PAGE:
Defendant, along with the sentencing judge, executed a "Probation Order, " as well as "Special Probation Conditions for Sex Offenders, " on September 30, 2011, that set forth the terms and conditions of Defendant's probation. So far as germane to the pending Motion to Suppress, the Probation Order provided:

6. I will allow my Probation Officer to visit my home, employment site, or elsewhere, will carry out all lawful instructions he or she gives, [and] will report to my Probation Officer as instructed....
7. I agree to a search, without a warrant, of my person, vehicle, property, or place of residence by any Probation/Parole officer or law enforcement officer, at any time.
12. If convicted of a sex offense, I will abide by the Specialized Probation Conditions for Sex Offenders as adopted by the Board of Probation and Parole.

(Docket No. 25-1 at 1). Defendant signed the Probation Order, immediately below bolded language that read: "I have read or have had read to me the conditions of my Probation. I fully understand them and agree to comply with them." (Id., emphasis in original).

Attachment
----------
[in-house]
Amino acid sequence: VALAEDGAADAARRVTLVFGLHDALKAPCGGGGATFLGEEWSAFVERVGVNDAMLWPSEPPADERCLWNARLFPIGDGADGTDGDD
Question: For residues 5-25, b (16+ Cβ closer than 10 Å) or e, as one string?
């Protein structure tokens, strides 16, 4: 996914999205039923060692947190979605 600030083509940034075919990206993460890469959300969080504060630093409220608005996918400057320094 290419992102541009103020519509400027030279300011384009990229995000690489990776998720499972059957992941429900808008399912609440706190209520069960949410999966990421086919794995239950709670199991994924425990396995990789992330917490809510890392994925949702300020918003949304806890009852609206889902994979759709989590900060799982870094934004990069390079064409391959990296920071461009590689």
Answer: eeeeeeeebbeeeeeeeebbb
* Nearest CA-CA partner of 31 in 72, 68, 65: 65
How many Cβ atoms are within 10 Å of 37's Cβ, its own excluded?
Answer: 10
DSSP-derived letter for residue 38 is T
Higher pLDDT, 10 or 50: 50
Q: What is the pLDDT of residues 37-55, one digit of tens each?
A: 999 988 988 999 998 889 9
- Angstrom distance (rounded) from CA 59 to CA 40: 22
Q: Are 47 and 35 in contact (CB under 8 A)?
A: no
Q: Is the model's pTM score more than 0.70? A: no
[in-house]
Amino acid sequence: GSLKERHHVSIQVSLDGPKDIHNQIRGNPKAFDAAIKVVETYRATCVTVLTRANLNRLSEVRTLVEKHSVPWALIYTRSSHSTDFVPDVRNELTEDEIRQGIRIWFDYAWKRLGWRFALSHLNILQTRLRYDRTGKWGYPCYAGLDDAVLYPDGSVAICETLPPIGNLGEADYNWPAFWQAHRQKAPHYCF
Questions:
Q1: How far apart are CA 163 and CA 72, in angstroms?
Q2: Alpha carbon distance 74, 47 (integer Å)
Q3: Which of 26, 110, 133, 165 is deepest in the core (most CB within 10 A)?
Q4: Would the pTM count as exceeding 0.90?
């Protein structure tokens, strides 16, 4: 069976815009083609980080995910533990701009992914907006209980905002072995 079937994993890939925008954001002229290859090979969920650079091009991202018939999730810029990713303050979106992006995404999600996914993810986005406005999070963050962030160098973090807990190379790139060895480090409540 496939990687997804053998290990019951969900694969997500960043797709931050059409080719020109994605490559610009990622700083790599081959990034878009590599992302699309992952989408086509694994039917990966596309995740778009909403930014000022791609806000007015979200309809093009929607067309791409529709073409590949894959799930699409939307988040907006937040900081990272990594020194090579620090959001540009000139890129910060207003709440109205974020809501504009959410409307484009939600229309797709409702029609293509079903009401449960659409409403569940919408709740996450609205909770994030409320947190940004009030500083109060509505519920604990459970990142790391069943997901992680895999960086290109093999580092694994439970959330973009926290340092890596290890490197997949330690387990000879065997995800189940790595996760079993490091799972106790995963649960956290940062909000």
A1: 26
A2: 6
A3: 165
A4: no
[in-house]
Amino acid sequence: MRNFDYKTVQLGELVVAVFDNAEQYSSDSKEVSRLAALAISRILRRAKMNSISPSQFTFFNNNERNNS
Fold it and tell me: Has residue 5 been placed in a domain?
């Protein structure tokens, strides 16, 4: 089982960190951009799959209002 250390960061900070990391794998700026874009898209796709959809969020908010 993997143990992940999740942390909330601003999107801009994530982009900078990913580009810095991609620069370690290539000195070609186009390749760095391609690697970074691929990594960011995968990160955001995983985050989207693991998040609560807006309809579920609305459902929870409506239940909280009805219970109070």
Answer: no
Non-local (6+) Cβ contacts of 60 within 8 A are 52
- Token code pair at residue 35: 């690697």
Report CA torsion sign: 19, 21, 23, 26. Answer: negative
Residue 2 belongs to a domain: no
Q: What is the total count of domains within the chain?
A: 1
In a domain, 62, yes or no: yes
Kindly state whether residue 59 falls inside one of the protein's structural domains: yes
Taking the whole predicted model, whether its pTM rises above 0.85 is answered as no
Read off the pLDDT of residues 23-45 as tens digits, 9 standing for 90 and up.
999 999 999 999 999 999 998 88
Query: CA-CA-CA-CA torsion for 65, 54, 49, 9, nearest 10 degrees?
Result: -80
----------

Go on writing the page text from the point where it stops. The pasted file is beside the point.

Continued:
The Specialized Probation Conditions contained several additional conditions, including the following:

1. I will not purchase or possess any pornographic or sexually explicit written, printed, photographed or recorded materials[ or] software....
2. I will not obtain Internet access on any computer unless my Officer has given me written permission for Internet access. I will not utilize an electronic device for any sexually oriented purpose. I further consent to the search of any electronic device, software, or electronic data storage device at any time by my Officer.

(Docket no. 25-1 at 2). Defendant signed the Specialize Probation Conditions form immediately below the ...